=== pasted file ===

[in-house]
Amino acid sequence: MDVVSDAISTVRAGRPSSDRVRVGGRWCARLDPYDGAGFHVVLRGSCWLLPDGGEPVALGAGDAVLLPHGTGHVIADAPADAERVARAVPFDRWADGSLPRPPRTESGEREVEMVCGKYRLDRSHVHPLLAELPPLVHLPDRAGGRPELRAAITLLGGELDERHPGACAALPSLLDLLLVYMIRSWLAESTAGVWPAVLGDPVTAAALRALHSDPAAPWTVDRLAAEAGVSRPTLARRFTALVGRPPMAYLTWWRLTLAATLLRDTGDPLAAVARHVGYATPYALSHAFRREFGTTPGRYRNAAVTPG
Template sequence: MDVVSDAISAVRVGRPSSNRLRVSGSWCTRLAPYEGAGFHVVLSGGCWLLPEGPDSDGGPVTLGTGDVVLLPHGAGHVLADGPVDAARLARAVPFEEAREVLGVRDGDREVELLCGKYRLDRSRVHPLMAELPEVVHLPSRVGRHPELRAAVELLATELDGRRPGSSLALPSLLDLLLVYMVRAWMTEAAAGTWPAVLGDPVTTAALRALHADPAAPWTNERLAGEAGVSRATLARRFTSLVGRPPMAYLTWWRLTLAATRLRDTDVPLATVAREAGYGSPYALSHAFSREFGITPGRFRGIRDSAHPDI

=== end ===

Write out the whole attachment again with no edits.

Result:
[in-house]
Amino acid sequence: MDVVSDAISTVRAGRPSSDRVRVGGRWCARLDPYDGAGFHVVLRGSCWLLPDGGEPVALGAGDAVLLPHGTGHVIADAPADAERVARAVPFDRWADGSLPRPPRTESGEREVEMVCGKYRLDRSHVHPLLAELPPLVHLPDRAGGRPELRAAITLLGGELDERHPGACAALPSLLDLLLVYMIRSWLAESTAGVWPAVLGDPVTAAALRALHSDPAAPWTVDRLAAEAGVSRPTLARRFTALVGRPPMAYLTWWRLTLAATLLRDTGDPLAAVARHVGYATPYALSHAFRREFGTTPGRYRNAAVTPG
Template sequence: MDVVSDAISAVRVGRPSSNRLRVSGSWCTRLAPYEGAGFHVVLSGGCWLLPEGPDSDGGPVTLGTGDVVLLPHGAGHVLADGPVDAARLARAVPFEEAREVLGVRDGDREVELLCGKYRLDRSRVHPLMAELPEVVHLPSRVGRHPELRAAVELLATELDGRRPGSSLALPSLLDLLLVYMVRAWMTEAAAGTWPAVLGDPVTTAALRALHADPAAPWTNERLAGEAGVSRATLARRFTSLVGRPPMAYLTWWRLTLAATRLRDTDVPLATVAREAGYGSPYALSHAFSREFGITPGRFRGIRDSAHPDI